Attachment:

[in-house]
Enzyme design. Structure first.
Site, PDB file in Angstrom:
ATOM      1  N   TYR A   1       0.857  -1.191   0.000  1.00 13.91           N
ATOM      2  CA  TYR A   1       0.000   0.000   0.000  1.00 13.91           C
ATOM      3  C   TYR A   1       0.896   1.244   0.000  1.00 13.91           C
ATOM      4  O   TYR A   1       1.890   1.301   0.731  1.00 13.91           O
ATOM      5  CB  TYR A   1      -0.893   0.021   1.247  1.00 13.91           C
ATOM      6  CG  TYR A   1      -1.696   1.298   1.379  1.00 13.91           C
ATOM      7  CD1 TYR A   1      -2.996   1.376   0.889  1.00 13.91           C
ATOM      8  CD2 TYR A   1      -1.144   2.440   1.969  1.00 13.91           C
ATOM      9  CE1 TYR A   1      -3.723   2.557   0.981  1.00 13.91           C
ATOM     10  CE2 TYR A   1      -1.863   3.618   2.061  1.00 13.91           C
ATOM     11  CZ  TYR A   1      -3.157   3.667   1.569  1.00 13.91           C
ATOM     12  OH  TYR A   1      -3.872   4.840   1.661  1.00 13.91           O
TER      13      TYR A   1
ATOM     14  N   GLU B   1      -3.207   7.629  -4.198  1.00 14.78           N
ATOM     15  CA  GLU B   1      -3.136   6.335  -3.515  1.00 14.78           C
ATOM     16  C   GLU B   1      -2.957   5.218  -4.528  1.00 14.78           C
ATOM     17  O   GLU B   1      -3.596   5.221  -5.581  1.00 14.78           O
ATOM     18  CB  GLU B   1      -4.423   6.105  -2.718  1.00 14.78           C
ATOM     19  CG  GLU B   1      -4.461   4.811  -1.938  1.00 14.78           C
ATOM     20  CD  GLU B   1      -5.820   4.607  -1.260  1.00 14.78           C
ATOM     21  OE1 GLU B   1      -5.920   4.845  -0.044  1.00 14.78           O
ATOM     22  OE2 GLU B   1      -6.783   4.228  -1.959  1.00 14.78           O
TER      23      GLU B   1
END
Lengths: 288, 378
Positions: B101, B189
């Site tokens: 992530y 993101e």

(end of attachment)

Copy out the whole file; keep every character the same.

[in-house]
Enzyme design. Structure first.
Site, PDB file in Angstrom:
ATOM      1  N   TYR A   1       0.857  -1.191   0.000  1.00 13.91           N
ATOM      2  CA  TYR A   1       0.000   0.000   0.000  1.00 13.91           C
ATOM      3  C   TYR A   1       0.896   1.244   0.000  1.00 13.91           C
ATOM      4  O   TYR A   1       1.890   1.301   0.731  1.00 13.91           O
ATOM      5  CB  TYR A   1      -0.893   0.021   1.247  1.00 13.91           C
ATOM      6  CG  TYR A   1      -1.696   1.298   1.379  1.00 13.91           C
ATOM      7  CD1 TYR A   1      -2.996   1.376   0.889  1.00 13.91           C
ATOM      8  CD2 TYR A   1      -1.144   2.440   1.969  1.00 13.91           C
ATOM      9  CE1 TYR A   1      -3.723   2.557   0.981  1.00 13.91           C
ATOM     10  CE2 TYR A   1      -1.863   3.618   2.061  1.00 13.91           C
ATOM     11  CZ  TYR A   1      -3.157   3.667   1.569  1.00 13.91           C
ATOM     12  OH  TYR A   1      -3.872   4.840   1.661  1.00 13.91           O
TER      13      TYR A   1
ATOM     14  N   GLU B   1      -3.207   7.629  -4.198  1.00 14.78           N
ATOM     15  CA  GLU B   1      -3.136   6.335  -3.515  1.00 14.78           C
ATOM     16  C   GLU B   1      -2.957   5.218  -4.528  1.00 14.78           C
ATOM     17  O   GLU B   1      -3.596   5.221  -5.581  1.00 14.78           O
ATOM     18  CB  GLU B   1      -4.423   6.105  -2.718  1.00 14.78           C
ATOM     19  CG  GLU B   1      -4.461   4.811  -1.938  1.00 14.78           C
ATOM     20  CD  GLU B   1      -5.820   4.607  -1.260  1.00 14.78           C
ATOM     21  OE1 GLU B   1      -5.920   4.845  -0.044  1.00 14.78           O
ATOM     22  OE2 GLU B   1      -6.783   4.228  -1.959  1.00 14.78           O
TER      23      GLU B   1
END
Lengths: 288, 378
Positions: B101, B189
């Site tokens: 992530y 993101e």